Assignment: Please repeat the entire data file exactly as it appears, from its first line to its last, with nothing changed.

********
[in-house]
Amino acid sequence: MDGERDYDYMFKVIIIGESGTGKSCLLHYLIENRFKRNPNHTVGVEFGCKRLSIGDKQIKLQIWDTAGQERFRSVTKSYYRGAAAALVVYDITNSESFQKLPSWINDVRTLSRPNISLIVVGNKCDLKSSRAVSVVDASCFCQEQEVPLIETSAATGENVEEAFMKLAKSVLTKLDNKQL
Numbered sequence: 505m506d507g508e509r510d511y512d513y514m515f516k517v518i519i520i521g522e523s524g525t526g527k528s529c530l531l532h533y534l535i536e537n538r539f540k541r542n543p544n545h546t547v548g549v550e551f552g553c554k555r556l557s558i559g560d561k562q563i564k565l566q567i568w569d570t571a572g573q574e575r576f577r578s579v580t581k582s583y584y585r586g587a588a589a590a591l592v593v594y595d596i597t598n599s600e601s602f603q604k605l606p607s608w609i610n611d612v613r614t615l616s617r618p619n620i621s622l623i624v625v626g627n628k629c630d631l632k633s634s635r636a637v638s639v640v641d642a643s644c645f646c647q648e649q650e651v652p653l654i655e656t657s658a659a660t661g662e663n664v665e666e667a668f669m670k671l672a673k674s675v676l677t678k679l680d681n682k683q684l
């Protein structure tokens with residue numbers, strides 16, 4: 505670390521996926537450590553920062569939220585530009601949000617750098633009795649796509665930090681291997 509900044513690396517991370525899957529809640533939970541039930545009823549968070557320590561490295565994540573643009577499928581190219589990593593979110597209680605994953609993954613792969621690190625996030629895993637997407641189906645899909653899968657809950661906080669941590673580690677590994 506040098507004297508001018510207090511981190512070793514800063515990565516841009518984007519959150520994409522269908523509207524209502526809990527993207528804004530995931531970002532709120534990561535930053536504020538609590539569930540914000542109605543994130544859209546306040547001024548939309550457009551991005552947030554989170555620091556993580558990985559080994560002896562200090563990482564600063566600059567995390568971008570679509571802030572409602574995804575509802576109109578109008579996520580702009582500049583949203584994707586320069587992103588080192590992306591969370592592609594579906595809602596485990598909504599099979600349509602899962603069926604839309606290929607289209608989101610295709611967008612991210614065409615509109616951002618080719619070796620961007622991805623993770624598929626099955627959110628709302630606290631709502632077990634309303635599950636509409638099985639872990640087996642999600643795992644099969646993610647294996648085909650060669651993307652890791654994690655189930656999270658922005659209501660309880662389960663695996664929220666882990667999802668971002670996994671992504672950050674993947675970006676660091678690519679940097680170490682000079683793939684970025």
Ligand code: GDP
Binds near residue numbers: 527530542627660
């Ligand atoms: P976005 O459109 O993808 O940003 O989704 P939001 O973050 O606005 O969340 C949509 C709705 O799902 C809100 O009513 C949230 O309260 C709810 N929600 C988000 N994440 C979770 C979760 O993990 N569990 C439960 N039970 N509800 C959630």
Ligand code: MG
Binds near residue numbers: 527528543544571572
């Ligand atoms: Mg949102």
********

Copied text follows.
[in-house]
Amino acid sequence: MDGERDYDYMFKVIIIGESGTGKSCLLHYLIENRFKRNPNHTVGVEFGCKRLSIGDKQIKLQIWDTAGQERFRSVTKSYYRGAAAALVVYDITNSESFQKLPSWINDVRTLSRPNISLIVVGNKCDLKSSRAVSVVDASCFCQEQEVPLIETSAATGENVEEAFMKLAKSVLTKLDNKQL
Numbered sequence: 505m506d507g508e509r510d511y512d513y514m515f516k517v518i519i520i521g522e523s524g525t526g527k528s529c530l531l532h533y534l535i536e537n538r539f540k541r542n543p544n545h546t547v548g549v550e551f552g553c554k555r556l557s558i559g560d561k562q563i564k565l566q567i568w569d570t571a572g573q574e575r576f577r578s579v580t581k582s583y584y585r586g587a588a589a590a591l592v593v594y595d596i597t598n599s600e601s602f603q604k605l606p607s608w609i610n611d612v613r614t615l616s617r618p619n620i621s622l623i624v625v626g627n628k629c630d631l632k633s634s635r636a637v638s639v640v641d642a643s644c645f646c647q648e649q650e651v652p653l654i655e656t657s658a659a660t661g662e663n664v665e666e667a668f669m670k671l672a673k674s675v676l677t678k679l680d681n682k683q684l
């Protein structure tokens with residue numbers, strides 16, 4: 505670390521996926537450590553920062569939220585530009601949000617750098633009795649796509665930090681291997 509900044513690396517991370525899957529809640533939970541039930545009823549968070557320590561490295565994540573643009577499928581190219589990593593979110597209680605994953609993954613792969621690190625996030629895993637997407641189906645899909653899968657809950661906080669941590673580690677590994 506040098507004297508001018510207090511981190512070793514800063515990565516841009518984007519959150520994409522269908523509207524209502526809990527993207528804004530995931531970002532709120534990561535930053536504020538609590539569930540914000542109605543994130544859209546306040547001024548939309550457009551991005552947030554989170555620091556993580558990985559080994560002896562200090563990482564600063566600059567995390568971008570679509571802030572409602574995804575509802576109109578109008579996520580702009582500049583949203584994707586320069587992103588080192590992306591969370592592609594579906595809602596485990598909504599099979600349509602899962603069926604839309606290929607289209608989101610295709611967008612991210614065409615509109616951002618080719619070796620961007622991805623993770624598929626099955627959110628709302630606290631709502632077990634309303635599950636509409638099985639872990640087996642999600643795992644099969646993610647294996648085909650060669651993307652890791654994690655189930656999270658922005659209501660309880662389960663695996664929220666882990667999802668971002670996994671992504672950050674993947675970006676660091678690519679940097680170490682000079683793939684970025």
Ligand code: GDP
Binds near residue numbers: 527530542627660
């Ligand atoms: P976005 O459109 O993808 O940003 O989704 P939001 O973050 O606005 O969340 C949509 C709705 O799902 C809100 O009513 C949230 O309260 C709810 N929600 C988000 N994440 C979770 C979760 O993990 N569990 C439960 N039970 N509800 C959630």
Ligand code: MG
Binds near residue numbers: 527528543544571572
């Ligand atoms: Mg949102």